Well, more specifically, since spoken languages predate written languages, does anyone have any credible ideas on. . .
Whether languages came into being independently ex nihilo after migrations out of Africa, or everything came out of a single unidentifiable primordial mother tongue. That is, whether far-flung tribes developed a spoken language independently and without any knowledge of other tribes?
How long ago it might be reasonably suspected that spoken language goes back?
If anyone has any ideas, how they arrived at those conclusions?
I read an interesting book, ‘The Ape that Spoke’, which hypothesizes that the increasing complexity of language is what drove the evolution of our large brains. The author believed that homo erectus probably had a true language, though not as complex as more modern ones, and that hominids had rudimentary language before then. His arguments made a lot of sense to me, so I would say we’ve had language for at least a million years. There are others who believe that language did not come about until much more recently, 20 or 50 thousand years ago, long after homo sapiens sapiens evolved. That hypothesis doesn’t sit well with me, but it’s supporters have their reasons too.
This qualifies as one of the all-time Damn Good Questions in my book. Nobody knows. It may very well be unanswerable (I personally believe it is).
Even with our closest cousins, H. neanderthalensis, we can’t be sure whether they had language or not. They had lots of nerves going to the tongue, more than anyone could possibly need to chew food, but what little we know about the shape of their vocal tracts suggests that they couldn’t make the same range of sounds we can, in particular they couldn’t make all the vowels we can. On the other hand, what did they have those huge brains for, if not for language? On the third hand, maybe that’s a H. sapiens-centered view of the brain. You can go back and forth like this for ages.
Even if we conveniently ignore the question of which hominid species had language, linguists are left with two unlikely scenarios for the origin of language. Either language was invented just once, and all modern languages with their huge variation are descended from one proto-language. This is preposterous. Or a complex invention like language was developed independently in many places, at approximately the same time on an evolutionary time scale. This is also preposterous. Occam’s Razor refuses to cut through this mess.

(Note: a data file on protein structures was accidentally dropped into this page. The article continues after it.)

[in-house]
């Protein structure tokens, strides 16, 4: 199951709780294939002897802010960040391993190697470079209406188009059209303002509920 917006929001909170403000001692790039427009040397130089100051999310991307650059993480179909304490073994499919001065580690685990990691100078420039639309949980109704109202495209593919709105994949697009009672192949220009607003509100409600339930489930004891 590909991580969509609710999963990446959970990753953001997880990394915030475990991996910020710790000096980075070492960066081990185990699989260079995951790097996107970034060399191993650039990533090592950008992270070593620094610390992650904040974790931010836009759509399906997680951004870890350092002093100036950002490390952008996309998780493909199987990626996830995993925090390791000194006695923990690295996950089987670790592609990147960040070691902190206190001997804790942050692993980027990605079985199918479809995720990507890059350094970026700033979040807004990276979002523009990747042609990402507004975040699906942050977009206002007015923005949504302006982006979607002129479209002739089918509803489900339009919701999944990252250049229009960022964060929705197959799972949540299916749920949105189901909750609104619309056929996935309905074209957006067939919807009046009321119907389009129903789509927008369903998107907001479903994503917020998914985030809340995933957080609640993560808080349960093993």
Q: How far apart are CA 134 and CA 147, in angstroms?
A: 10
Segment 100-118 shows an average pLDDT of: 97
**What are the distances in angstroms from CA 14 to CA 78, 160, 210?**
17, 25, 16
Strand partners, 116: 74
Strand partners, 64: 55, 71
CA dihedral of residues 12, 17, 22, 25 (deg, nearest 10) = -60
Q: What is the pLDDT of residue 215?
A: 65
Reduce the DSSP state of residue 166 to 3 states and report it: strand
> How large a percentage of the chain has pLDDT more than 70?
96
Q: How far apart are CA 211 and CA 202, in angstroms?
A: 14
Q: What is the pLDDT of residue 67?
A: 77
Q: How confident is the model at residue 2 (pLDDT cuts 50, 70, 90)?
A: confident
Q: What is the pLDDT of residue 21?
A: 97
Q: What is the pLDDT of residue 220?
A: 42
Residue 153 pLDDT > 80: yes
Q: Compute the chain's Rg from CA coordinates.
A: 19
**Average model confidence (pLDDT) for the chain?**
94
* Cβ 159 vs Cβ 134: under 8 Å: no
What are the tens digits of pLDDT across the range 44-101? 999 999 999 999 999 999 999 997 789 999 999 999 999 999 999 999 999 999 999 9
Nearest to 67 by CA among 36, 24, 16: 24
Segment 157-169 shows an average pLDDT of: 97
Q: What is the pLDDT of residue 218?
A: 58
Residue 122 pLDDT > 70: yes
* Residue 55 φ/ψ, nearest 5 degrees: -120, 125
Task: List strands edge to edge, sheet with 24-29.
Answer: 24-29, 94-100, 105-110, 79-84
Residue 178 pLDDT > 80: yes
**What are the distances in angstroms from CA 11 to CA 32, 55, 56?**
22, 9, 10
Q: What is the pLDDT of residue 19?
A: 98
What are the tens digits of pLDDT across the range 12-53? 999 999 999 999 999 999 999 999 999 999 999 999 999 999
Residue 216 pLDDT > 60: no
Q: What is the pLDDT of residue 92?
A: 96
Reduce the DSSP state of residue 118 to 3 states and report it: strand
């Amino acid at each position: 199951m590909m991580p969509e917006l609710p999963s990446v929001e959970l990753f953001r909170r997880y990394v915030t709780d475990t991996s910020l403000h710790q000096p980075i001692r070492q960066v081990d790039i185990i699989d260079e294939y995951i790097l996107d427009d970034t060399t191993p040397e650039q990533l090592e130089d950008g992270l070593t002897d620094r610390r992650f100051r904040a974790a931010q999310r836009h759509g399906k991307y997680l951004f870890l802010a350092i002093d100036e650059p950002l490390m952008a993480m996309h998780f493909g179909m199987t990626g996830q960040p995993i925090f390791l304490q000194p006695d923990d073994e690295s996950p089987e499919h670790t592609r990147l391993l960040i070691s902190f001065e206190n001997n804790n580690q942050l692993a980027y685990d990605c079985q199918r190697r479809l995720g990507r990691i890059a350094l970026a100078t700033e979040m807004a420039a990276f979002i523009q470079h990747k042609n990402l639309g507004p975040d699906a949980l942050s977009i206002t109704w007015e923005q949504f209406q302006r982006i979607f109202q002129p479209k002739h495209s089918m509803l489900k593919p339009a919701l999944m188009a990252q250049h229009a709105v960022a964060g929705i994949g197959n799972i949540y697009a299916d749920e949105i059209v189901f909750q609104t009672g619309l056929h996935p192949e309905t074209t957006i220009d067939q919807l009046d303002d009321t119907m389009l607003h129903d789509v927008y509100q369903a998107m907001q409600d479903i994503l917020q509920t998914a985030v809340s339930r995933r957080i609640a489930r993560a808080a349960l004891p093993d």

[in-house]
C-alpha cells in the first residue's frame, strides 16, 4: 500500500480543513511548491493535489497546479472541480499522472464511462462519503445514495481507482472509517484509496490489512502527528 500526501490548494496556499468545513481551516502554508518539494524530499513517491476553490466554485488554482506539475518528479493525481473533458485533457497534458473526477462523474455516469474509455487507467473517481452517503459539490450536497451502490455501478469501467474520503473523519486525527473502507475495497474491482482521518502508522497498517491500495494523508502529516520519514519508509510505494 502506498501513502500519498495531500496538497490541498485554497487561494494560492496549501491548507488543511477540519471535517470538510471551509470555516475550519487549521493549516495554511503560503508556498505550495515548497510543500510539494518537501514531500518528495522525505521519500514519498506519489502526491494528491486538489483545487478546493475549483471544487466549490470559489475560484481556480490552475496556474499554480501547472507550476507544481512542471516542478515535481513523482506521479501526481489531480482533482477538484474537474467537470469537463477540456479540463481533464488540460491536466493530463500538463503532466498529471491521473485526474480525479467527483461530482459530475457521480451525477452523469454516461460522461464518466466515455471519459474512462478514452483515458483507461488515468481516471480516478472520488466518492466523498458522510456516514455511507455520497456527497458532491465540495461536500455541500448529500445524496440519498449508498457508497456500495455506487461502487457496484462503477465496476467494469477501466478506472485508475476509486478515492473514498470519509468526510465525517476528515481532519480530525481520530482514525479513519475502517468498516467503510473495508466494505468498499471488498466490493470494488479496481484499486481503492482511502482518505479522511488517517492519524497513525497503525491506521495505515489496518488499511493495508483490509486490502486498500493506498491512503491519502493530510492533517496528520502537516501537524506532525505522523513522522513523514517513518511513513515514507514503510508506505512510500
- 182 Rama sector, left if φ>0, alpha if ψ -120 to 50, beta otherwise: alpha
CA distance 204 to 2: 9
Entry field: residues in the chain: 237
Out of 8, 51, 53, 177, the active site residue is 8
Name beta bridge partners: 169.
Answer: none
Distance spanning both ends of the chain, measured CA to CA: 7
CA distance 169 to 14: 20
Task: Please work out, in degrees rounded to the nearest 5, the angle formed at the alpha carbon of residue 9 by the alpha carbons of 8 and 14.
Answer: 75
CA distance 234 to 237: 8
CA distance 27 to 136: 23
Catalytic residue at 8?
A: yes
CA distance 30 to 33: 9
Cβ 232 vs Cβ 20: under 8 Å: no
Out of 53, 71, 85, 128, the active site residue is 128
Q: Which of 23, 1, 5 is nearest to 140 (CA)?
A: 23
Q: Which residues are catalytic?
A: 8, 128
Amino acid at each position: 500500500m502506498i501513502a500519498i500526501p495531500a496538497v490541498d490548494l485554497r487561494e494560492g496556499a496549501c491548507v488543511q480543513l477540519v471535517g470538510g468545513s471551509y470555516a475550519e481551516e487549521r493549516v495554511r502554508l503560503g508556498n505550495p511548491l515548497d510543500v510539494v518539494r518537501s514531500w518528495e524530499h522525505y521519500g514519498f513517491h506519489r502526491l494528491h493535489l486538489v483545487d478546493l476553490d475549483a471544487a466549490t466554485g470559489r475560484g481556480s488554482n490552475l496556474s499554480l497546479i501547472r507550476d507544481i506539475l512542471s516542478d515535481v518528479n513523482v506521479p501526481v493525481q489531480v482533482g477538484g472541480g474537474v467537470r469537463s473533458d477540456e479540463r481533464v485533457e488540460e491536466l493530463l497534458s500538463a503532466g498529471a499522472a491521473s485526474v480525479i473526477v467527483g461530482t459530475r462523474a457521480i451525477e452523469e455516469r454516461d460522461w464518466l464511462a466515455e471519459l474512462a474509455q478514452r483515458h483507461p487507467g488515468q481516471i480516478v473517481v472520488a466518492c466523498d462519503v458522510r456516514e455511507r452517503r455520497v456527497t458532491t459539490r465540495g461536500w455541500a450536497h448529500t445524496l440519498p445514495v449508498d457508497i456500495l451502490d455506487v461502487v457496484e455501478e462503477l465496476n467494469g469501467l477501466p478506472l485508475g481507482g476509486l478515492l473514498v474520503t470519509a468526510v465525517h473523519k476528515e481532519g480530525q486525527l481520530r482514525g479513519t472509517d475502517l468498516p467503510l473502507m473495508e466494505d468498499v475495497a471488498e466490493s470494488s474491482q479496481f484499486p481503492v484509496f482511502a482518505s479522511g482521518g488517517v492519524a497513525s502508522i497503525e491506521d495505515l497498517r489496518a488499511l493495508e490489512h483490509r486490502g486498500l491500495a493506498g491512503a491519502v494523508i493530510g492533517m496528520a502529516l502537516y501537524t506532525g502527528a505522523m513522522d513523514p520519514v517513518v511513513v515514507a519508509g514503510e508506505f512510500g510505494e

So… we don’t know whether language was invented once or many times, and we don’t know whether language is unique to H. sapiens or whether other hominid species had language. Given that, we are nowhere close to knowing when and where language originated.
What the others said re no way of knowing but with one addition, languages certainly existed during exit from Africa insofar as H.s. is clearly developed before exit and the first signs of neolithic technological revolution occur in Africa.
What the form etc. was – gotta go with Flodnak’s analysis.
Speaking as a linguist, no, it isn’t. It might be impossible to reconstruct that one original proto-language, but it’s pretty much the basis for most diachronic linguistic study that at one time, it did exist. For all their variation, the world’s languages have quite a bit in common.
Here’s a quote from a Nova episode about the same question as the OP:
Not to pick on flodnak, I only know this stuff because I study it, and it still seems pretty incredible, but also…
At first glance, maybe, but the eye evolved independently in many different species, and it’s quite a complex mechanism.
It is a really, really fascinating question though. The problem is like that of studying dinosaurs and other ancient stuff. Eventually you hit a wall where you can’t gather any more evidence, and you need more evidence to make any more definitive conclusions.
And don’t forget your Burroughs- language is a virus from outer space!
I was under the impression that homo sapiens was using mesolithic technology when they left Africa, but the jump to neolithic first occurred in Asia, but I’ve always thought of neolithic as being the level where people start using pottery, stone buildings, farming, and primitive metalworking. I know the different tech levels bleed into each other, some mesolithic people have primitive agriculture and/or pottery, but I thought the earliest neolithic cultures came about outside of Africa.